Today, I am a man

In these pages find worlds to explore, creatures anxious to meet you. Take these gifts, these seeds, and grow.

It’s in the mid-1960s. I’m not ten years old. It’s Friday, noon. Every Friday noon my mother picks me up from school and we go out for lunch. Sometimes it’s Howdy BeefBurgers (long out of business), most often it’s the lunch counter at the Valley St. Plaza’s Woolworth’s. The lunch counter women know me, we show up so often. Mother gets to gossip, I get extra coleslaw. They know I like it and give me two scoops (I immortalized this lunch counter and these women in the “About the Cover” section of Reading Virtual Minds Volume III: Fair-Exchange and Social Networks). Once lunch is finished, we go grocery shopping at Champaign’s. Sometimes we go the S&H Greenstamp Redemption Center and mother has a separate bag of all her completed stamp books. Usually something for the house. Once she got me a recorder and I played it on the way home. Sometimes we go to the Rexall’s so Mother can get her medicines.

The Rexall’s has a section down aisle 5, near the middle. Books. Rows and rows of books. Magazines, too. I buy my first Doc Savage book here. Also Choice Cuts, The Dreaming Earth, countless others. Champaign’s has magazines and some books at the end of the medicine aisle. Not very good books. Not my kinds of books. I wonder if medicine and books are linked somehow.

I’m already hooked on books, on the magic of them. My sister, Sandra, got me started.

I also got hooked on books for another reason, a primal, almost primitive reason. I’ll get to that at the end of this journey. Bear with me.

Stop&Shop opens a grocery at the south end of Elm St. Much closer than Champaign’s. Stop&Shop has an attached Bradlee’s. Bradlee’s has a big book section. The War Against the Rull, The Seed, Wake Up Screaming, many Doc Savages. The Stop&Shop has one book rack. Philip Jose Farmer’s Flesh taunted me as I entered puberty. It stayed on that rack for at least a month before I got up enough courage to buy it.

The newspaper has an article about the new mall – actually the only mall in the Manchester, NH, area in the late 1960’s – in Bedford. Grand Opening! Come on by!

I walk in behind my parents, not to be seen with them. They turn right to Grant’s. I turn left because I’m preteen defiant and cool.

There’s a Paperback Booksmith two-thirds of the way through the mall, on the left, towards the Purity Supreme.

I didn’t know any one place could have so many books and not be a library. My knees are weak. I lean on a display for support and almost topple it.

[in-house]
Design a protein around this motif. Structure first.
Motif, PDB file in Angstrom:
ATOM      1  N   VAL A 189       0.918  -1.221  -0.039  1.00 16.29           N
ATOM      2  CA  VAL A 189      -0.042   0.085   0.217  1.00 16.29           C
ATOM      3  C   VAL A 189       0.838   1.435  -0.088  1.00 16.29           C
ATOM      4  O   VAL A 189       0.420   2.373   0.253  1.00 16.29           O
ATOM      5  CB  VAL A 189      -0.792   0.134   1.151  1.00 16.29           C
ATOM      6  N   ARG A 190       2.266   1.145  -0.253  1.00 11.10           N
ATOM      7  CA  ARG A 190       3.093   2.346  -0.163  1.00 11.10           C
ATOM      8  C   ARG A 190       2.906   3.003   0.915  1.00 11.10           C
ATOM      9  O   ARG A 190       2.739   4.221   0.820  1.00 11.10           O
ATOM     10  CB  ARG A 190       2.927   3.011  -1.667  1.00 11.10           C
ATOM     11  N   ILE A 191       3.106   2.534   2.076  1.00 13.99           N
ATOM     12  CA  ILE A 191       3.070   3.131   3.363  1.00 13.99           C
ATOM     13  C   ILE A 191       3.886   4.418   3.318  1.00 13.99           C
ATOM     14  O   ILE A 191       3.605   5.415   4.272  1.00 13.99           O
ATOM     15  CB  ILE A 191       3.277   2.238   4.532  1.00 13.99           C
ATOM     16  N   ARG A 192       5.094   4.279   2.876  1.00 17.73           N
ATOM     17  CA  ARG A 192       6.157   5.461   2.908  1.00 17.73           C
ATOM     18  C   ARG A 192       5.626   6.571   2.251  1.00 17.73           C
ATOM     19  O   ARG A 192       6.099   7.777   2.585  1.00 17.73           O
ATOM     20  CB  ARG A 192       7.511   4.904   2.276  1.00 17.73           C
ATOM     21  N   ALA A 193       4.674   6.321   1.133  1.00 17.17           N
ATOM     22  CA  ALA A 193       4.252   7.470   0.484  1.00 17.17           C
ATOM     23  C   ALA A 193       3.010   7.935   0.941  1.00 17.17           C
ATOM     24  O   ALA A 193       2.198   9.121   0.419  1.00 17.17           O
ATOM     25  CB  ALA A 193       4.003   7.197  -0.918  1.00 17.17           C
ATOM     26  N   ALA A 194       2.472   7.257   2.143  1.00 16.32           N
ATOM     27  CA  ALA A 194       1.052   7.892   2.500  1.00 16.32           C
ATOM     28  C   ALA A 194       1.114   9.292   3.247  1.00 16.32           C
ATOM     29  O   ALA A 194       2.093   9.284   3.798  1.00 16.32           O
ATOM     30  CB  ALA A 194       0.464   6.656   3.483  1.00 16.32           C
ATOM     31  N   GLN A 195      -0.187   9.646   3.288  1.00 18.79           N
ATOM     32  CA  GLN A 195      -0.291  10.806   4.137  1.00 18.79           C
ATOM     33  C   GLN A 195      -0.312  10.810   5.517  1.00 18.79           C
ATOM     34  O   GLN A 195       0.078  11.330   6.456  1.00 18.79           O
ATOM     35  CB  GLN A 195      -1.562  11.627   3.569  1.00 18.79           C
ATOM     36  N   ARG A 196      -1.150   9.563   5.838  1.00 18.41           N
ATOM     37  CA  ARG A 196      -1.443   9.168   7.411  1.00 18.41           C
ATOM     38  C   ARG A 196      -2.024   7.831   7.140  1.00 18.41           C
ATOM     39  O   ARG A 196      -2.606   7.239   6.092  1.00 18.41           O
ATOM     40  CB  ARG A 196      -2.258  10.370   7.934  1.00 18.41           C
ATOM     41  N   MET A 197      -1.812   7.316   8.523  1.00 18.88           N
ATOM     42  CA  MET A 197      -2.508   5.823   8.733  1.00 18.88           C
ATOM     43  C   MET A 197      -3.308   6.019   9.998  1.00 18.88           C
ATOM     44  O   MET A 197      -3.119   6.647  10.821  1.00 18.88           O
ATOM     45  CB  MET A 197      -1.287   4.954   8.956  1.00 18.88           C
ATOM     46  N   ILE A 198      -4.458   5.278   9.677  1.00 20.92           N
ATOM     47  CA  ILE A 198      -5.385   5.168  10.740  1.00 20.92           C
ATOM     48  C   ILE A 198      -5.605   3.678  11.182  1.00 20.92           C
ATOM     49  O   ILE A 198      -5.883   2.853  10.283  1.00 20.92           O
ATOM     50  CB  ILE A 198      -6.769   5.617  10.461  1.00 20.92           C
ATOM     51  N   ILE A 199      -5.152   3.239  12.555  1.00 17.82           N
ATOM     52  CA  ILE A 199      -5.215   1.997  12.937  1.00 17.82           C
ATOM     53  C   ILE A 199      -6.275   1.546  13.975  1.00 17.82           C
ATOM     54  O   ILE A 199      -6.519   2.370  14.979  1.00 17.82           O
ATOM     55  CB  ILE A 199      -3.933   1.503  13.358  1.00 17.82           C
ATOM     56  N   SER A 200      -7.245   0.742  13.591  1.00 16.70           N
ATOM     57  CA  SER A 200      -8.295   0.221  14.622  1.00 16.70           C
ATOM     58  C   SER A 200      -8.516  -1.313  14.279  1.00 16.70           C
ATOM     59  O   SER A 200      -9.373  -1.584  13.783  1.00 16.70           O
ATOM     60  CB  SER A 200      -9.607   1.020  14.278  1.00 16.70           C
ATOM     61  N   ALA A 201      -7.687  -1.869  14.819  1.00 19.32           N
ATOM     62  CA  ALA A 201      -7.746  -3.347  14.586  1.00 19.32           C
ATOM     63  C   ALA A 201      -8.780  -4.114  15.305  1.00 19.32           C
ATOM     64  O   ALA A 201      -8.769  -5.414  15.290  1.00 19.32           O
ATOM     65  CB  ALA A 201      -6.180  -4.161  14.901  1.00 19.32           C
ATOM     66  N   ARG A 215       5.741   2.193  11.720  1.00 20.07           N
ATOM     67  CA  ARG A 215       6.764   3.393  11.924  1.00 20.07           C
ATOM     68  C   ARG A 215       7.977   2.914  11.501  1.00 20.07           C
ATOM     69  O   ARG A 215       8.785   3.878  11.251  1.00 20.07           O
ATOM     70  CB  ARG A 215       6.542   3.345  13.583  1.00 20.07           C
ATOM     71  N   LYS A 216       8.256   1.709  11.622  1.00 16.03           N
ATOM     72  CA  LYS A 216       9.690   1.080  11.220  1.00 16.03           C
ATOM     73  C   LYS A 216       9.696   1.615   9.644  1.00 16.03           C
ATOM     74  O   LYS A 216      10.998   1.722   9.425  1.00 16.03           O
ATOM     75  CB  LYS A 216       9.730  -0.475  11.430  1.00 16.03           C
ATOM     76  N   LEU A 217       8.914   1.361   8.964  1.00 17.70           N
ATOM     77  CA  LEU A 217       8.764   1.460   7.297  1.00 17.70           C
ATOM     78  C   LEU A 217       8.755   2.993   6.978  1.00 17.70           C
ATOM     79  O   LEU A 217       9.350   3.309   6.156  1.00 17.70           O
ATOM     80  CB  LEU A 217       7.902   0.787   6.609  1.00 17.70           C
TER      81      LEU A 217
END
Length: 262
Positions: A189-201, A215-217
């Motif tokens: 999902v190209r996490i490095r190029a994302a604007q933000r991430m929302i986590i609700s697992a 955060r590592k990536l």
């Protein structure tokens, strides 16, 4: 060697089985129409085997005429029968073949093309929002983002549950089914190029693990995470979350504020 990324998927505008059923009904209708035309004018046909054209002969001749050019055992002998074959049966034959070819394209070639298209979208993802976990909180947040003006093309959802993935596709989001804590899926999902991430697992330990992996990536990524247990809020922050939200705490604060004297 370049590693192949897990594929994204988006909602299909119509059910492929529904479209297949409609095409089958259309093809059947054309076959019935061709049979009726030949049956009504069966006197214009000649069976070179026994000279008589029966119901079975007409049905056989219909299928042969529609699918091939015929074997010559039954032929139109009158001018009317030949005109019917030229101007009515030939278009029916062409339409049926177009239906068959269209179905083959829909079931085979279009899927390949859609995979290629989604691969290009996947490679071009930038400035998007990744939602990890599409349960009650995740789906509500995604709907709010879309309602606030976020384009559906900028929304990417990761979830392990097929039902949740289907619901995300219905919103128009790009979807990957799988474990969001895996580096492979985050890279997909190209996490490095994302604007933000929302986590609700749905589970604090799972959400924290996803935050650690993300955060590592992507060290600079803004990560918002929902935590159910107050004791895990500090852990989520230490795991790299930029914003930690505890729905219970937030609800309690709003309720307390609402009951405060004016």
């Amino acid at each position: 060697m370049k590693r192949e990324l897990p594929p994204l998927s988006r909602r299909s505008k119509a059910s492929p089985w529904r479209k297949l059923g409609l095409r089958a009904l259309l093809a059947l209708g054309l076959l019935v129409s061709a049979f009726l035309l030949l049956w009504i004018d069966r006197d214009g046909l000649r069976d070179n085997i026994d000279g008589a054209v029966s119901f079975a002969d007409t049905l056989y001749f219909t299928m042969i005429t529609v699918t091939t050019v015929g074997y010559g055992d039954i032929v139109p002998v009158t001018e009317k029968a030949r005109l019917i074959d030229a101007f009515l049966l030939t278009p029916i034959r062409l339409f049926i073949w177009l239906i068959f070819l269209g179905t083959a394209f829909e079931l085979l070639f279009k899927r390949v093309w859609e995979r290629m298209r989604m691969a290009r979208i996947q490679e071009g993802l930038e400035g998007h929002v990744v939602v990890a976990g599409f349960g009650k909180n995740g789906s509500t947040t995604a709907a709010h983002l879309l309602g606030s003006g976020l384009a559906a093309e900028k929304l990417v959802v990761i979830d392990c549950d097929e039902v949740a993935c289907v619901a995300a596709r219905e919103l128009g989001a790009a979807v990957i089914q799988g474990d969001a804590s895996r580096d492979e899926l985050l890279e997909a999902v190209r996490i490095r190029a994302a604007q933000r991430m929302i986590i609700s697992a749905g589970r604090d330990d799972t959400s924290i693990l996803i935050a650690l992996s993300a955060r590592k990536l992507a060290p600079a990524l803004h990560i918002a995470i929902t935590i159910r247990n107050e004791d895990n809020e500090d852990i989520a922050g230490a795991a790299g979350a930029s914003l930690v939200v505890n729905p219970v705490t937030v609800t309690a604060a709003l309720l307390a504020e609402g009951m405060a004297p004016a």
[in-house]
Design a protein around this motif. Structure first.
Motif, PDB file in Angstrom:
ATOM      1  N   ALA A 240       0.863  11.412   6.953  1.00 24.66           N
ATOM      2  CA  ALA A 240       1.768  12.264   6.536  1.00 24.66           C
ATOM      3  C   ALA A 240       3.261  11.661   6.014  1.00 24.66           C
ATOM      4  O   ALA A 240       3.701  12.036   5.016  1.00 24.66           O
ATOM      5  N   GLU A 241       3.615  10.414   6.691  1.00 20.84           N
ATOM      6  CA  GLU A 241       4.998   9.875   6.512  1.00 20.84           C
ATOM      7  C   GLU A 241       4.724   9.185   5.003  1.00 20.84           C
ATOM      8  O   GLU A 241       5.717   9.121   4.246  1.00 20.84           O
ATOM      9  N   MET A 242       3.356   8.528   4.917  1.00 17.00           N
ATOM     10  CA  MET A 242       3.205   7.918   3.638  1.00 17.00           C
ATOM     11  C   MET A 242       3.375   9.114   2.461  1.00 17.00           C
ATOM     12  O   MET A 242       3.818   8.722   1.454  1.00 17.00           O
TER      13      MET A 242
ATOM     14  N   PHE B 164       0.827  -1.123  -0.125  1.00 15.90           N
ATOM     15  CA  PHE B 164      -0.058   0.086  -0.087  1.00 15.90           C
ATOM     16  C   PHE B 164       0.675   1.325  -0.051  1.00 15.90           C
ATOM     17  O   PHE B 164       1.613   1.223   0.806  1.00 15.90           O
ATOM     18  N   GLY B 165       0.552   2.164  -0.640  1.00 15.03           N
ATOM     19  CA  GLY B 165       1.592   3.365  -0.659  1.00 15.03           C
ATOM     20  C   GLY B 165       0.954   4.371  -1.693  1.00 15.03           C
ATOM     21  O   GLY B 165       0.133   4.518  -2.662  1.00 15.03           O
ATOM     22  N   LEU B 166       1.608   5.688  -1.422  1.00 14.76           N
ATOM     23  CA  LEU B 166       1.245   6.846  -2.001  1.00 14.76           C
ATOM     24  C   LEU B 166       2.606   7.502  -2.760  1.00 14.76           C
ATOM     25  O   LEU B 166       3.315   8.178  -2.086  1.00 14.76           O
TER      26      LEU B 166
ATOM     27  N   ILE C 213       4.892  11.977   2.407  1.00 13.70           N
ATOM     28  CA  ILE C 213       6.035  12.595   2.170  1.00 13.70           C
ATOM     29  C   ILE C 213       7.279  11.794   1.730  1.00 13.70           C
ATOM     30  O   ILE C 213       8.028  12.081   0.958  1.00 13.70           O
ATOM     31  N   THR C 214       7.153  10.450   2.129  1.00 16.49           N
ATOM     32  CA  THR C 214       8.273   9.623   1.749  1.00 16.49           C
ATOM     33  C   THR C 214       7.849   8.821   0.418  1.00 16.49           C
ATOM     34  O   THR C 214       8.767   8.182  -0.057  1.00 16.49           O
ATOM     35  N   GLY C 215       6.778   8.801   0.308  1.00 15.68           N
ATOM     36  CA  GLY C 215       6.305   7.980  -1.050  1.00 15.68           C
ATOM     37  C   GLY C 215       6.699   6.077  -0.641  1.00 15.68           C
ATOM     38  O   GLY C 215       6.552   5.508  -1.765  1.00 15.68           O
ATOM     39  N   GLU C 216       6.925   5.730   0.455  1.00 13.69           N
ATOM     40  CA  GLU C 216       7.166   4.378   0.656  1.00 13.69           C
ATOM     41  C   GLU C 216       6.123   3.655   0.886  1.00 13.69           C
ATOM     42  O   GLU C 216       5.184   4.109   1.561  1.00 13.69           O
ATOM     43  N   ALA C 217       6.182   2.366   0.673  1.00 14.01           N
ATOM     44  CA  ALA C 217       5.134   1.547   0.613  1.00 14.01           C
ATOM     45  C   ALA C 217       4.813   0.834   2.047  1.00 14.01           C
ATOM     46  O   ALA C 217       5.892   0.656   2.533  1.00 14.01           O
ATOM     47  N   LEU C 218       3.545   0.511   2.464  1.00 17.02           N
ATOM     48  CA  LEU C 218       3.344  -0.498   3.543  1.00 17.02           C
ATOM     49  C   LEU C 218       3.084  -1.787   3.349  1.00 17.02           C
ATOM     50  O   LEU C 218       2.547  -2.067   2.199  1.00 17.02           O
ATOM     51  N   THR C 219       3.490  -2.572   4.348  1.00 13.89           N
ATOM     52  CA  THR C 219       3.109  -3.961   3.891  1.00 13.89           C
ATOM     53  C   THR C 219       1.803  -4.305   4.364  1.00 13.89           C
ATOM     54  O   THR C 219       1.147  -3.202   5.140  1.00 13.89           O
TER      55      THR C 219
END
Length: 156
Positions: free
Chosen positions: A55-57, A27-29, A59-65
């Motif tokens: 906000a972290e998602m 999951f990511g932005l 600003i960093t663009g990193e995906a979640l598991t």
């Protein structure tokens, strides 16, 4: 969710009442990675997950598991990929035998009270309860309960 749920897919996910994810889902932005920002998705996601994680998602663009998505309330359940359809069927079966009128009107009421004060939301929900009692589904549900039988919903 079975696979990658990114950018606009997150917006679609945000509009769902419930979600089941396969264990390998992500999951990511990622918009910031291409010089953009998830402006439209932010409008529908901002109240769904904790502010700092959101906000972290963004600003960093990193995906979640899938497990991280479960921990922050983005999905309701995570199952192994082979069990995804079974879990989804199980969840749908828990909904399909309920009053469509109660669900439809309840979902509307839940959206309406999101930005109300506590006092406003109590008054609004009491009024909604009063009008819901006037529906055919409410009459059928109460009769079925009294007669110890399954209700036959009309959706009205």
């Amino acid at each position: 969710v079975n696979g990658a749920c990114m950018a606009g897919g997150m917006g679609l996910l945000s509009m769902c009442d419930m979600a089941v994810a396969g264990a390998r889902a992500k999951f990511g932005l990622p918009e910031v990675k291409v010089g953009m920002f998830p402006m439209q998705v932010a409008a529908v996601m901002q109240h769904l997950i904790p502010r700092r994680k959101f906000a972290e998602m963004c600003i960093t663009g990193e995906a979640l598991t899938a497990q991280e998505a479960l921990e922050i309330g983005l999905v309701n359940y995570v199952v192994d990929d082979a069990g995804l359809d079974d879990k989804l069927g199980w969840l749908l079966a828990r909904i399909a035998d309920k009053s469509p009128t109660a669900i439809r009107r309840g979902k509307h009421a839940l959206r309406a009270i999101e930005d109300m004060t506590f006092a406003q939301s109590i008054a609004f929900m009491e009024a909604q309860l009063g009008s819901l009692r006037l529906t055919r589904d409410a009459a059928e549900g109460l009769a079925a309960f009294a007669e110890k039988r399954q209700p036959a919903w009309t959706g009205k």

I walk in, my three dollars getting clammy in my hand. At 50¢-60¢ a book that’s a week’s worth of reading! So many books! Who’s coming home this week? E.E. “Doc” Smith. Edgar Rice Burroughs. Bests of. Nebula Award Winners. Anthologies (didn’t know what an “anthology” was, just knew they had great stories in them). Tolkien. Le Guin. Budrys. Asimov. Herbert. Lester. Aldiss. …

Every week, my allowance in hand. These books, please.

Then back home or in nearby Stark Park or on endless bus rides through the city read read read. Mostly science fiction and fantasy. Verne. Wells. Sturgeon, Dick, Anthony.

I am so hungry for what’s in these books. Knowledge. Language. People.

Years later these stories are still fresh on the tongue, the taste of an incredible meal enjoyed with great friends.

Because those books on the shelves?

They were my friends. The characters in them. The authors who wrote them. The people who sold them. They took me places, they filled me with experiences (imagine being twelve, maybe thirteen years old and reading the couch scene in No Tears from the Widow!), all of it just one page away. They opened doors, made me welcome, taught me right from wrong, hooked me on science, mathematics, language. I never excelled in school. Too busy reading. But I could solve math and physics problems that stumped the teachers.

Imagination. Curiosity. Curiosity beyond school books. Curiosity that got me a job at Lincoln Labs when I was sixteen. Imagination that had me study things years before science gave them ology names. That got me so far…

Those books on the shelves taught me to escape. Not as the term is used today.

Books are an escape to wonder, to joy, to wisdom, to knowledge, to language. Books are doorways to forever.

Escape to wonder. Escape to joy. Escape to wisdom.

Those books on the shelves.

Doorways to forever.

Last Friday, Susan and I took a drive. We stopped for lunch. “Are there any bookstores nearby?” “Yes, right up the street on the left.”

I always ask about bookstores now. Can I set up a signing? A presentation? Anything?

I went in and made my pitch. The manager’s staring at me. “Joseph CAREabis?” I don’t mind the mispronunciation. Just have me in for a signing. “The Augmented Man?” He sits at his computer, taps some keys. “We got in ten copies this morning. They’re probably on a shelf by now.”

My insides leap. My heart takes a walk around my chest. “Really?” My voice cracks like the adolescent seeing all those Paperback Booksmith shelves the first time. “Could you show me?”

I now do for others what others did for me; provide an escape to wonder, to joy, to wisdom, to knowledge, to understanding, to imagination. “See? I know the kinds of things you like! Here’s one! Read it! Let me know what you think!”

A young man, a boy, early teens, tallish, thin, eyeglasses, pale complexion, neatly combed hair, waiting to grow into his jacket, picks up my book, reads the backcover copy, scans some pages, reaches into his pocket and walks to the checkout.

I look at Susan. “Today I am a man.”

She understands.

Do you?